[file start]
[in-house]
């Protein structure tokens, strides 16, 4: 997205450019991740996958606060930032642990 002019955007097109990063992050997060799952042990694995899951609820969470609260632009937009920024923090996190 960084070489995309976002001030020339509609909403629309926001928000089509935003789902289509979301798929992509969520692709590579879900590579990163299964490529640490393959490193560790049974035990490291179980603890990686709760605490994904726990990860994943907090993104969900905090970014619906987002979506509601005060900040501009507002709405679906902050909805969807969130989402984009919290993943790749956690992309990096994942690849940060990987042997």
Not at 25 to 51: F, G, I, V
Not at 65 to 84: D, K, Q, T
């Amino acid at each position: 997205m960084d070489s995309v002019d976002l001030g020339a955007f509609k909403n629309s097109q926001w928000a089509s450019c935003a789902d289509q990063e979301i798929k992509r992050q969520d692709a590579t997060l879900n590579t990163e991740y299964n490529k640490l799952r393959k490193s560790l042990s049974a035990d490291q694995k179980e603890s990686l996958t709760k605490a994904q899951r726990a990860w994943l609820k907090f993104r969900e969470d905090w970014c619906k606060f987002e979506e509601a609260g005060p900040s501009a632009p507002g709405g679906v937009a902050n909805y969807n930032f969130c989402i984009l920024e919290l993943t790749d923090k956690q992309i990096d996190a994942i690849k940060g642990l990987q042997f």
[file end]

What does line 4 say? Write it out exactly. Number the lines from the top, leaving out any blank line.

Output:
Not at 65 to 84: D, K, Q, T